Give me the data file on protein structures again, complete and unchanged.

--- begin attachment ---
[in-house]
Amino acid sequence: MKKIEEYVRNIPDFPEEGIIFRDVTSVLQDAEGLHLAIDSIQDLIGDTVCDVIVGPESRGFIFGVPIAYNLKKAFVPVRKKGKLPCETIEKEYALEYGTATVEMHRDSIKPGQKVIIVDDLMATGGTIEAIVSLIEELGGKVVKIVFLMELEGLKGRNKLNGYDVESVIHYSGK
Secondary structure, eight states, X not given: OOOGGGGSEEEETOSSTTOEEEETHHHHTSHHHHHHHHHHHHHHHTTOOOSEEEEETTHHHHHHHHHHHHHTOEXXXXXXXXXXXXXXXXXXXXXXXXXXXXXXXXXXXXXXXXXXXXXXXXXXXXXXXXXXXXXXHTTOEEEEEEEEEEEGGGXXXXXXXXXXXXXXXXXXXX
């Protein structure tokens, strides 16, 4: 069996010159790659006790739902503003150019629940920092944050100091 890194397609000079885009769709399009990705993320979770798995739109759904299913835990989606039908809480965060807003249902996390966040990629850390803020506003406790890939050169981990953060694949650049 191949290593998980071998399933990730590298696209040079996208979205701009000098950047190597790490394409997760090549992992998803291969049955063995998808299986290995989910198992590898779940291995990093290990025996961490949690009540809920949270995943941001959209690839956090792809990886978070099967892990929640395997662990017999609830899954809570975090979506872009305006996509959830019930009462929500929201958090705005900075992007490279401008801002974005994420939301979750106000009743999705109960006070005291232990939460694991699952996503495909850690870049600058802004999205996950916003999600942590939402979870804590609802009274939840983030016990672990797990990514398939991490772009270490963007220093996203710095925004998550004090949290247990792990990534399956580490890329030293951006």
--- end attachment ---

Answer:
[in-house]
Amino acid sequence: MKKIEEYVRNIPDFPEEGIIFRDVTSVLQDAEGLHLAIDSIQDLIGDTVCDVIVGPESRGFIFGVPIAYNLKKAFVPVRKKGKLPCETIEKEYALEYGTATVEMHRDSIKPGQKVIIVDDLMATGGTIEAIVSLIEELGGKVVKIVFLMELEGLKGRNKLNGYDVESVIHYSGK
Secondary structure, eight states, X not given: OOOGGGGSEEEETOSSTTOEEEETHHHHTSHHHHHHHHHHHHHHHTTOOOSEEEEETTHHHHHHHHHHHHHTOEXXXXXXXXXXXXXXXXXXXXXXXXXXXXXXXXXXXXXXXXXXXXXXXXXXXXXXXXXXXXXXHTTOEEEEEEEEEEEGGGXXXXXXXXXXXXXXXXXXXX
């Protein structure tokens, strides 16, 4: 069996010159790659006790739902503003150019629940920092944050100091 890194397609000079885009769709399009990705993320979770798995739109759904299913835990989606039908809480965060807003249902996390966040990629850390803020506003406790890939050169981990953060694949650049 191949290593998980071998399933990730590298696209040079996208979205701009000098950047190597790490394409997760090549992992998803291969049955063995998808299986290995989910198992590898779940291995990093290990025996961490949690009540809920949270995943941001959209690839956090792809990886978070099967892990929640395997662990017999609830899954809570975090979506872009305006996509959830019930009462929500929201958090705005900075992007490279401008801002974005994420939301979750106000009743999705109960006070005291232990939460694991699952996503495909850690870049600058802004999205996950916003999600942590939402979870804590609802009274939840983030016990672990797990990514398939991490772009270490963007220093996203710095925004998550004090949290247990792990990534399956580490890329030293951006």